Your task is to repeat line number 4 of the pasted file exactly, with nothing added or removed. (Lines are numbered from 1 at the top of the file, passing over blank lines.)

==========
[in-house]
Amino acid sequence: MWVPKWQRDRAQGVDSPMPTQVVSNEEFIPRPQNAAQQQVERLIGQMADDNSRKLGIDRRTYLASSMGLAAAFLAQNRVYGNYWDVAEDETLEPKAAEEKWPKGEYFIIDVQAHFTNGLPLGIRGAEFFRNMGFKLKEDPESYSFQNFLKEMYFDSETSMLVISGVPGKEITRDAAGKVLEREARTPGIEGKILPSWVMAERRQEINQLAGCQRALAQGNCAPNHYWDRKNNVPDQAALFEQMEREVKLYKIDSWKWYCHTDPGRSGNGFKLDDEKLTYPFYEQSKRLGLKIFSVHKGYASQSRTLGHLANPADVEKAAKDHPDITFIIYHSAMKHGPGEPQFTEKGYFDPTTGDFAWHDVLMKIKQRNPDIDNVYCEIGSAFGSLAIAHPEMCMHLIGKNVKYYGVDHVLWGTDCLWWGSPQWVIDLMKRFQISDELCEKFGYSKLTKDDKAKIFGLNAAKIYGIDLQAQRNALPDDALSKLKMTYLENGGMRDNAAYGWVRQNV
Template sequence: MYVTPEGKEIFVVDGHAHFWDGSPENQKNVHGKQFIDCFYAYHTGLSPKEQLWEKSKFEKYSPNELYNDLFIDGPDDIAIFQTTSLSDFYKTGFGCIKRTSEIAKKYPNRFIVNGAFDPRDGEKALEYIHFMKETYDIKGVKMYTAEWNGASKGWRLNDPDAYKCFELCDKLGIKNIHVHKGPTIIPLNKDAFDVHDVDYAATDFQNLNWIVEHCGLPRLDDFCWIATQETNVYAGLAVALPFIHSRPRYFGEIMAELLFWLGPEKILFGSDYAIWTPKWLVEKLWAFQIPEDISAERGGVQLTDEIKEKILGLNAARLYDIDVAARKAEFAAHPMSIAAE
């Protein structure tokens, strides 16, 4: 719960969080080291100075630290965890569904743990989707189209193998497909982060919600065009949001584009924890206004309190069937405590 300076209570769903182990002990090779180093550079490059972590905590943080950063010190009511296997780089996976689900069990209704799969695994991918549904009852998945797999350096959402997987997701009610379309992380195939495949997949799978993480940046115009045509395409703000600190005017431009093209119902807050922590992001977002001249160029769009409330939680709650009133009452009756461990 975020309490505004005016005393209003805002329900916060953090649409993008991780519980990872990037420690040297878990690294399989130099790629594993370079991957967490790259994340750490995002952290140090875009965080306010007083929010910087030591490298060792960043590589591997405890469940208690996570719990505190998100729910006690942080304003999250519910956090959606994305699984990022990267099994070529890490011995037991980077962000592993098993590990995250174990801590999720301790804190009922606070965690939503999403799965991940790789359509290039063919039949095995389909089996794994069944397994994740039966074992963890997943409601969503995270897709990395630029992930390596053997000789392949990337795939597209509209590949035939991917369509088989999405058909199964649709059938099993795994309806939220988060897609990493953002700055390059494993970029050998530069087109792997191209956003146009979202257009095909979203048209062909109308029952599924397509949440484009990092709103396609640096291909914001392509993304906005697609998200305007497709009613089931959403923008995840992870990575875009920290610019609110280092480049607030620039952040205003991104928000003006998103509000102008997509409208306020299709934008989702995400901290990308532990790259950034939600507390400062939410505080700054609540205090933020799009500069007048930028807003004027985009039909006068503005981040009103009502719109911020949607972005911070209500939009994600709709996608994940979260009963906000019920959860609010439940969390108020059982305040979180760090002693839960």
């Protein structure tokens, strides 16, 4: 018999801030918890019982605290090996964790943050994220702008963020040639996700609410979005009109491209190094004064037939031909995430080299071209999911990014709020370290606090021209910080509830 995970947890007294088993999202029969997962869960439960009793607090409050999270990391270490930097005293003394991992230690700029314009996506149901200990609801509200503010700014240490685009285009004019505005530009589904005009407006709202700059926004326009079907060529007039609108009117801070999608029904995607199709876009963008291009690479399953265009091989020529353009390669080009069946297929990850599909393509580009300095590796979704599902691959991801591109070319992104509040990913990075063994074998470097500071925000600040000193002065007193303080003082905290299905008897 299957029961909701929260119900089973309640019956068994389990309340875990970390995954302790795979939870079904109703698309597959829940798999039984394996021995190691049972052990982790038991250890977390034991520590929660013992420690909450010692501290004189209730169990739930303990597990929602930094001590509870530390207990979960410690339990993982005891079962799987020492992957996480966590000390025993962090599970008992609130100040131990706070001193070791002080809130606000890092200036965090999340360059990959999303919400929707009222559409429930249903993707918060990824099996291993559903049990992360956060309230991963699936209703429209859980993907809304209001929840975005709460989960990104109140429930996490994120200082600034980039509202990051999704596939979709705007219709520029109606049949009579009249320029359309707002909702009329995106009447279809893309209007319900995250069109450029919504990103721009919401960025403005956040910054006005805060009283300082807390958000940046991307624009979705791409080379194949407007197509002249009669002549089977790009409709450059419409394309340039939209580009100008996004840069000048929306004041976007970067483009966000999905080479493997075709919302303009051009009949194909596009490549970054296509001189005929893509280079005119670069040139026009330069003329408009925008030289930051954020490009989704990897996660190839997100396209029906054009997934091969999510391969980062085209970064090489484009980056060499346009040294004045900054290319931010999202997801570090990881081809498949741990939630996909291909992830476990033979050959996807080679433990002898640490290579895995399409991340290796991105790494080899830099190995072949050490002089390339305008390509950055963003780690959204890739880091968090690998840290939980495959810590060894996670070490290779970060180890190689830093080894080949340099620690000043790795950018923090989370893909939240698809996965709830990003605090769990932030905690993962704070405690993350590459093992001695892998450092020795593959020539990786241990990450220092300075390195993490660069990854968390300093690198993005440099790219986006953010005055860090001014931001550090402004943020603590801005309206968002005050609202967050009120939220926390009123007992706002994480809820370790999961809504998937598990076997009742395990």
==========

């Protein structure tokens, strides 16, 4: 719960969080080291100075630290965890569904743990989707189209193998497909982060919600065009949001584009924890206004309190069937405590 300076209570769903182990002990090779180093550079490059972590905590943080950063010190009511296997780089996976689900069990209704799969695994991918549904009852998945797999350096959402997987997701009610379309992380195939495949997949799978993480940046115009045509395409703000600190005017431009093209119902807050922590992001977002001249160029769009409330939680709650009133009452009756461990 975020309490505004005016005393209003805002329900916060953090649409993008991780519980990872990037420690040297878990690294399989130099790629594993370079991957967490790259994340750490995002952290140090875009965080306010007083929010910087030591490298060792960043590589591997405890469940208690996570719990505190998100729910006690942080304003999250519910956090959606994305699984990022990267099994070529890490011995037991980077962000592993098993590990995250174990801590999720301790804190009922606070965690939503999403799965991940790789359509290039063919039949095995389909089996794994069944397994994740039966074992963890997943409601969503995270897709990395630029992930390596053997000789392949990337795939597209509209590949035939991917369509088989999405058909199964649709059938099993795994309806939220988060897609990493953002700055390059494993970029050998530069087109792997191209956003146009979202257009095909979203048209062909109308029952599924397509949440484009990092709103396609640096291909914001392509993304906005697609998200305007497709009613089931959403923008995840992870990575875009920290610019609110280092480049607030620039952040205003991104928000003006998103509000102008997509409208306020299709934008989702995400901290990308532990790259950034939600507390400062939410505080700054609540205090933020799009500069007048930028807003004027985009039909006068503005981040009103009502719109911020949607972005911070209500939009994600709709996608994940979260009963906000019920959860609010439940969390108020059982305040979180760090002693839960």